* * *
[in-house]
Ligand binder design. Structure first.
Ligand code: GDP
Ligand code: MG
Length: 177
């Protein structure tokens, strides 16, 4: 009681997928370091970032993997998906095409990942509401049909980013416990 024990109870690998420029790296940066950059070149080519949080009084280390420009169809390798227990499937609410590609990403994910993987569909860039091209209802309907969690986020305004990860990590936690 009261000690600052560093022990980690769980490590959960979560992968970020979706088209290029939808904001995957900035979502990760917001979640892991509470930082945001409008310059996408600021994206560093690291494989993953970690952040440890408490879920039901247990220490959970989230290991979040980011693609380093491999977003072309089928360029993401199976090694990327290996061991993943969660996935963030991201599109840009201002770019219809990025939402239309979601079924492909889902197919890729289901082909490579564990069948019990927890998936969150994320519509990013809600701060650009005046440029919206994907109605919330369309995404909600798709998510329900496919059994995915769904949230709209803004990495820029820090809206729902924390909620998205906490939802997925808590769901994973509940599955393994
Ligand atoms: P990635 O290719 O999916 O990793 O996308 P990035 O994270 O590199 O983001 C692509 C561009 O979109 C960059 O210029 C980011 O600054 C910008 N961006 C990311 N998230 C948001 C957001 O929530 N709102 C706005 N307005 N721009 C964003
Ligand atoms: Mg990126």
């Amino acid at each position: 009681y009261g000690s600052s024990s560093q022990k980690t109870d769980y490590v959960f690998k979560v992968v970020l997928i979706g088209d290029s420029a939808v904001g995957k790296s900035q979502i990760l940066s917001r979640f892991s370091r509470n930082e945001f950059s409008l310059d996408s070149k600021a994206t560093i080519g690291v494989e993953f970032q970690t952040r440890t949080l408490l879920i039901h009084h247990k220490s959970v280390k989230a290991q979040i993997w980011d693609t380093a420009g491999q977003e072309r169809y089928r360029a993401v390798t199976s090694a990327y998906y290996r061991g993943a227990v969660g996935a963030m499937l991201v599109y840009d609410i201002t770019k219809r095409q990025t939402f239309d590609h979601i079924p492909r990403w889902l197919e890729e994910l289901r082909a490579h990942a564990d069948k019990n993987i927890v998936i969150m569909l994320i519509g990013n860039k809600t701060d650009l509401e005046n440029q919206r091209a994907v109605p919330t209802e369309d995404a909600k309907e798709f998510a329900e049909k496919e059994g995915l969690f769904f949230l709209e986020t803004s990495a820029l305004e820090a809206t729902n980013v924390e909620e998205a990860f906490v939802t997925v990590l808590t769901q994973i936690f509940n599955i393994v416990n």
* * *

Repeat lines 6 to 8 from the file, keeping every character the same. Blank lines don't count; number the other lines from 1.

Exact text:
């Protein structure tokens, strides 16, 4: 009681997928370091970032993997998906095409990942509401049909980013416990 024990109870690998420029790296940066950059070149080519949080009084280390420009169809390798227990499937609410590609990403994910993987569909860039091209209802309907969690986020305004990860990590936690 009261000690600052560093022990980690769980490590959960979560992968970020979706088209290029939808904001995957900035979502990760917001979640892991509470930082945001409008310059996408600021994206560093690291494989993953970690952040440890408490879920039901247990220490959970989230290991979040980011693609380093491999977003072309089928360029993401199976090694990327290996061991993943969660996935963030991201599109840009201002770019219809990025939402239309979601079924492909889902197919890729289901082909490579564990069948019990927890998936969150994320519509990013809600701060650009005046440029919206994907109605919330369309995404909600798709998510329900496919059994995915769904949230709209803004990495820029820090809206729902924390909620998205906490939802997925808590769901994973509940599955393994
Ligand atoms: P990635 O290719 O999916 O990793 O996308 P990035 O994270 O590199 O983001 C692509 C561009 O979109 C960059 O210029 C980011 O600054 C910008 N961006 C990311 N998230 C948001 C957001 O929530 N709102 C706005 N307005 N721009 C964003
Ligand atoms: Mg990126």